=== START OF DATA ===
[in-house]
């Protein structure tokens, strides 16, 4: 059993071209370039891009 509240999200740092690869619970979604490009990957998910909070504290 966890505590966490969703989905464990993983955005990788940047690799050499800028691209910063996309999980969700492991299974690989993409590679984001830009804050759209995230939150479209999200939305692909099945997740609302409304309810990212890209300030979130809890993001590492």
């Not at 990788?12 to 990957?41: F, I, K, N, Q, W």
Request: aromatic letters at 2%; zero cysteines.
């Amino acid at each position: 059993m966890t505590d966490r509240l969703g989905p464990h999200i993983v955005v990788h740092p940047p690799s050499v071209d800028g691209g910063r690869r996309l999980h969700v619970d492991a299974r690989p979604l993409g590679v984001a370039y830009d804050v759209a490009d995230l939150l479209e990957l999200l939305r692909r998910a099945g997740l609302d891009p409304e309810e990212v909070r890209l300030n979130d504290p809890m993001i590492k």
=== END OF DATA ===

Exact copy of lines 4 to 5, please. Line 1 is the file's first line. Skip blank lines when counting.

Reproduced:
Request: aromatic letters at 2%; zero cysteines.
């Amino acid at each position: 059993m966890t505590d966490r509240l969703g989905p464990h999200i993983v955005v990788h740092p940047p690799s050499v071209d800028g691209g910063r690869r996309l999980h969700v619970d492991a299974r690989p979604l993409g590679v984001a370039y830009d804050v759209a490009d995230l939150l479209e990957l999200l939305r692909r998910a099945g997740l609302d891009p409304e309810e990212v909070r890209l300030n979130d504290p809890m993001i590492k």